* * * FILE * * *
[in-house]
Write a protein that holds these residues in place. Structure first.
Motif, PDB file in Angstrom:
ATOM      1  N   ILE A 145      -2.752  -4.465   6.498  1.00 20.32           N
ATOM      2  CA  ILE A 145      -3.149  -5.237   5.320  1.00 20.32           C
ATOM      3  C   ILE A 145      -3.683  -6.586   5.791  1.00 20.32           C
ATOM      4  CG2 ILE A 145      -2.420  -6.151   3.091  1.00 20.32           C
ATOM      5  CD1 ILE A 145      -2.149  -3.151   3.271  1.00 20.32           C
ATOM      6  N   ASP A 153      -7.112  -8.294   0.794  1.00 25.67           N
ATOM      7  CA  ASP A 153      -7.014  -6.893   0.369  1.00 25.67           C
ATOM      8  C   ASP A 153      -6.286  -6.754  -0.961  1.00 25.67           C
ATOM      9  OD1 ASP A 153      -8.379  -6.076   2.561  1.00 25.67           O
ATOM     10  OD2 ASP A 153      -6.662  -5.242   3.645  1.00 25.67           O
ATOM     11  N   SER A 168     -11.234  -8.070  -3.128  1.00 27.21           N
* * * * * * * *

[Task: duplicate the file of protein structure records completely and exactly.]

[in-house]
Write a protein that holds these residues in place. Structure first.
Motif, PDB file in Angstrom:
ATOM      1  N   ILE A 145      -2.752  -4.465   6.498  1.00 20.32           N
ATOM      2  CA  ILE A 145      -3.149  -5.237   5.320  1.00 20.32           C
ATOM      3  C   ILE A 145      -3.683  -6.586   5.791  1.00 20.32           C
ATOM      4  CG2 ILE A 145      -2.420  -6.151   3.091  1.00 20.32           C
ATOM      5  CD1 ILE A 145      -2.149  -3.151   3.271  1.00 20.32           C
ATOM      6  N   ASP A 153      -7.112  -8.294   0.794  1.00 25.67           N
ATOM      7  CA  ASP A 153      -7.014  -6.893   0.369  1.00 25.67           C
ATOM      8  C   ASP A 153      -6.286  -6.754  -0.961  1.00 25.67           C
ATOM      9  OD1 ASP A 153      -8.379  -6.076   2.561  1.00 25.67           O
ATOM     10  OD2 ASP A 153      -6.662  -5.242   3.645  1.00 25.67           O
ATOM     11  N   SER A 168     -11.234  -8.070  -3.128  1.00 27.21           N